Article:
A better model would be to see the congregation's campus ministry at the nearby university in the same way it views its ministry to an overseas elementary school. The congregation supports the overseas school by raising and giving money to the school. They don't expect anything back from the school except occasional reports, thanks, updates, and photographs.They realize that the school enriches and impacts their congregation not by having any of the students participate in the life of the congregation, but solely for what the outreach ministry does for the congregation itself. The congregation might send a few of its members on site do some some work for the school. Often those "mission trips" involve physical plant support or intensive education events. The congregation is proud of its support for the school and places pictures of the school and its students on bulletin boards. Members who have been on "mission trips" to the school report back to the congregation.

Organized, stand alone Presbyterian and Ecumenical Campus Ministries  also need to been seen as missionary outposts by supporting congregations. There should be no expectation that the students involved in campus ministry will attend, participate, or contribute to the supporting congregation.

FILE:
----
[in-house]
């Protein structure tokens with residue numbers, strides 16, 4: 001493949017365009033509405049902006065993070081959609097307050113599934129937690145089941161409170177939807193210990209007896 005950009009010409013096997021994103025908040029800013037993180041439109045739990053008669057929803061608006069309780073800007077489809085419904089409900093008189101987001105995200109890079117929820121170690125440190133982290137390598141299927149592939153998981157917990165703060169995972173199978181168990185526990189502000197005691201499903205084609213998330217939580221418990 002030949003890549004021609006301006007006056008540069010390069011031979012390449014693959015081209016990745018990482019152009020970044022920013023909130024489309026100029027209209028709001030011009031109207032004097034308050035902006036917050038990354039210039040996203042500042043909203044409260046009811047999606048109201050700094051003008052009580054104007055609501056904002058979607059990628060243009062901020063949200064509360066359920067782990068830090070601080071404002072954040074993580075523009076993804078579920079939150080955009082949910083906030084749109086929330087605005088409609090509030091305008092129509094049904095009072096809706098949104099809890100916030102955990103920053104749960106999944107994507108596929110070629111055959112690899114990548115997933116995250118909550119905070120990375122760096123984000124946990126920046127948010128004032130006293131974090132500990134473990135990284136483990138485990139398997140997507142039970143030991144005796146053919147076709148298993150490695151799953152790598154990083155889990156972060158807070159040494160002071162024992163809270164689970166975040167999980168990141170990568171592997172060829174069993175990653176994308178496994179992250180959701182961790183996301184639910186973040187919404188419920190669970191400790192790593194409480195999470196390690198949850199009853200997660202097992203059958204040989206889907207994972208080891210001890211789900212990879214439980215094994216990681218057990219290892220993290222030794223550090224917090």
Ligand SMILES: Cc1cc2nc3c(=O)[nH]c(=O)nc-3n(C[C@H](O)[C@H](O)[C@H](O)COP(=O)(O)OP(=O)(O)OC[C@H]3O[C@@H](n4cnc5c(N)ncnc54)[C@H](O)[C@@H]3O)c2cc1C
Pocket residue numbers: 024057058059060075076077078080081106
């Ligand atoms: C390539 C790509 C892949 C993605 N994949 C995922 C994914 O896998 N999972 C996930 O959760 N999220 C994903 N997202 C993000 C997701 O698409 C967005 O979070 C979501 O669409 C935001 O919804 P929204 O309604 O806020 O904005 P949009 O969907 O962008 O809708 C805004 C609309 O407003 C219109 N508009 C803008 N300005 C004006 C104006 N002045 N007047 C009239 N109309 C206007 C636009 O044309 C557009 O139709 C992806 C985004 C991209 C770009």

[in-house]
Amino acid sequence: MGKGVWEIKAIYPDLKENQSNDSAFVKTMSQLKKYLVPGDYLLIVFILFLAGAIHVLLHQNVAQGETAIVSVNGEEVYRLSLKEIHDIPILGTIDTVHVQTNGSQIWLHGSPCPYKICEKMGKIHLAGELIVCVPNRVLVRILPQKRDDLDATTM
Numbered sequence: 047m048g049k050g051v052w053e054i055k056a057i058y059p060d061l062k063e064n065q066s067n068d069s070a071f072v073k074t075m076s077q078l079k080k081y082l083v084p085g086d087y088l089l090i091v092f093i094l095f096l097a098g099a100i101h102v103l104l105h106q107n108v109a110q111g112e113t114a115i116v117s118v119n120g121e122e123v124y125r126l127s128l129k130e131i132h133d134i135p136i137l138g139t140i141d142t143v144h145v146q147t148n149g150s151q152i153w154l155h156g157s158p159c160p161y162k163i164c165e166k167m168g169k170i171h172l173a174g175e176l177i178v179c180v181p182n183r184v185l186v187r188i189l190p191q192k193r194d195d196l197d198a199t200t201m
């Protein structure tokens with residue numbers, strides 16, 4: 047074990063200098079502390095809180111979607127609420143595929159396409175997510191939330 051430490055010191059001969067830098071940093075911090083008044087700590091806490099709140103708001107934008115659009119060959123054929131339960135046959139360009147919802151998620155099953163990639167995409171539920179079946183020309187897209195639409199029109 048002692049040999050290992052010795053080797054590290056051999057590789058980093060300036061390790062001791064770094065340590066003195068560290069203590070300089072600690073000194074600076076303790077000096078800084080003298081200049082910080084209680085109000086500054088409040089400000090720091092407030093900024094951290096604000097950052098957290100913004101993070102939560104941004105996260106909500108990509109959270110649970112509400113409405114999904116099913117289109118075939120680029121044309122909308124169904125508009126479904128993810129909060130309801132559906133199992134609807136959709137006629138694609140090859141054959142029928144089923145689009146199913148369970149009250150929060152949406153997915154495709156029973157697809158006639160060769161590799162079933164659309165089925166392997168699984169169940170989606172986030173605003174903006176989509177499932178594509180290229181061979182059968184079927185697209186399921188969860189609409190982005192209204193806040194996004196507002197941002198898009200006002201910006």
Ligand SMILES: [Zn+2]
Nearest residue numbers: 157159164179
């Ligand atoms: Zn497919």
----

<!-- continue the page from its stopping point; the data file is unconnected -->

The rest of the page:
Chaplaincy programs are frequently overlooked by congregations. They think that because the Chaplaincy programs are part of the college there is no need for the congregation's funds, prayers, or physical "mission trip" presence. These campus Religious Life Programs are missional.

When will we take seriously the notion that ministry on campus to college students is a missionary endeavor? When will we start treating campus ministers and chaplains as missionaries and colleges as a mission field?  Campus Ministry is not just an older youth group, able to provide nursery workers, Sunday School teachers, and perhaps a choir member. Campus Ministry is a missionary outreach to a different culture. Members of that different culture have their own society, rules, and language. A few (15%) may be able to speak the congregation's religious and social language, but the overwhelming majority do not. (Even when the ministry on campus is vibrant and students are having their faith deepened, those campus ministry students will probably not be visible at the 11 o'clock worship.)

Missionaries get some training from the denomination before they report to their site. They receive public recognition and commissioning as they begin. The denomination actively supports them with publicity and communication. Periodically the missionaries are brought back home for rest, replenishment, and time to spend with the congregations which support them.

Notice, please, that while local congregations financially undergird the missionaries, a numerically strong denominational staff supports and coordinates them.
(I count about 125 Mission workers on the PCUSA website with 45 denominational staff.[Young Adult Volunteers and staff not encluded.]  I estimate about 300 organizational campus ministers, 450 congregational based staff, and 80 chaplains supported, coordinated, and publicized with one denominational staff person.)